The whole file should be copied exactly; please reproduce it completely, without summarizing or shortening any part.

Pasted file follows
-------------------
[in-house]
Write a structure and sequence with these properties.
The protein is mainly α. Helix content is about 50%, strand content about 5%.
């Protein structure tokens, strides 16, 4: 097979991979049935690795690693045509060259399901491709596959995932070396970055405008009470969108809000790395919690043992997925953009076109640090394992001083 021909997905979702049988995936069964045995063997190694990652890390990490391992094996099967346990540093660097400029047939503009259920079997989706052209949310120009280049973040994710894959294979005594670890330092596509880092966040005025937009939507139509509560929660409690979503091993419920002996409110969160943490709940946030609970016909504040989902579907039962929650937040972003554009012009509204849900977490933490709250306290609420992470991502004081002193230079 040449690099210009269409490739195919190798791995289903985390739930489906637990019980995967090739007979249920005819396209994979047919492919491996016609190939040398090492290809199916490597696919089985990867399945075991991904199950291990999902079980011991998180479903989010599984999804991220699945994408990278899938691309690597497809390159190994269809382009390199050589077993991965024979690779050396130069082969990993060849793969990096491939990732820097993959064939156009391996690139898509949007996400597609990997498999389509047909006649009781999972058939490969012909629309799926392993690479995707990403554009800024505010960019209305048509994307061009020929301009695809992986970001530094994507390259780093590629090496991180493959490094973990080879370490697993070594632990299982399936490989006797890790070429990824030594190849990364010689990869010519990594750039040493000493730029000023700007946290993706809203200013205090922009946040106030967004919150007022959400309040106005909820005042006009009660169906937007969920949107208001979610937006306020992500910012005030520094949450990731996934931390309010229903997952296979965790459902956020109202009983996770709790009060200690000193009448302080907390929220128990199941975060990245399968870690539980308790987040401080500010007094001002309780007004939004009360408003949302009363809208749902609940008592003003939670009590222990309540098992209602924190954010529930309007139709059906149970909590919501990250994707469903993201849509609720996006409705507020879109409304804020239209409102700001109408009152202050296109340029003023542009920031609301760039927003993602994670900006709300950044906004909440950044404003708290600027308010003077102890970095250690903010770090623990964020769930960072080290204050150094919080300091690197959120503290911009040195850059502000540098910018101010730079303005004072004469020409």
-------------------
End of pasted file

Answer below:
[in-house]
Write a structure and sequence with these properties.
The protein is mainly α. Helix content is about 50%, strand content about 5%.
């Protein structure tokens, strides 16, 4: 097979991979049935690795690693045509060259399901491709596959995932070396970055405008009470969108809000790395919690043992997925953009076109640090394992001083 021909997905979702049988995936069964045995063997190694990652890390990490391992094996099967346990540093660097400029047939503009259920079997989706052209949310120009280049973040994710894959294979005594670890330092596509880092966040005025937009939507139509509560929660409690979503091993419920002996409110969160943490709940946030609970016909504040989902579907039962929650937040972003554009012009509204849900977490933490709250306290609420992470991502004081002193230079 040449690099210009269409490739195919190798791995289903985390739930489906637990019980995967090739007979249920005819396209994979047919492919491996016609190939040398090492290809199916490597696919089985990867399945075991991904199950291990999902079980011991998180479903989010599984999804991220699945994408990278899938691309690597497809390159190994269809382009390199050589077993991965024979690779050396130069082969990993060849793969990096491939990732820097993959064939156009391996690139898509949007996400597609990997498999389509047909006649009781999972058939490969012909629309799926392993690479995707990403554009800024505010960019209305048509994307061009020929301009695809992986970001530094994507390259780093590629090496991180493959490094973990080879370490697993070594632990299982399936490989006797890790070429990824030594190849990364010689990869010519990594750039040493000493730029000023700007946290993706809203200013205090922009946040106030967004919150007022959400309040106005909820005042006009009660169906937007969920949107208001979610937006306020992500910012005030520094949450990731996934931390309010229903997952296979965790459902956020109202009983996770709790009060200690000193009448302080907390929220128990199941975060990245399968870690539980308790987040401080500010007094001002309780007004939004009360408003949302009363809208749902609940008592003003939670009590222990309540098992209602924190954010529930309007139709059906149970909590919501990250994707469903993201849509609720996006409705507020879109409304804020239209409102700001109408009152202050296109340029003023542009920031609301760039927003993602994670900006709300950044906004909440950044404003708290600027308010003077102890970095250690903010770090623990964020769930960072080290204050150094919080300091690197959120503290911009040195850059502000540098910018101010730079303005004072004469020409």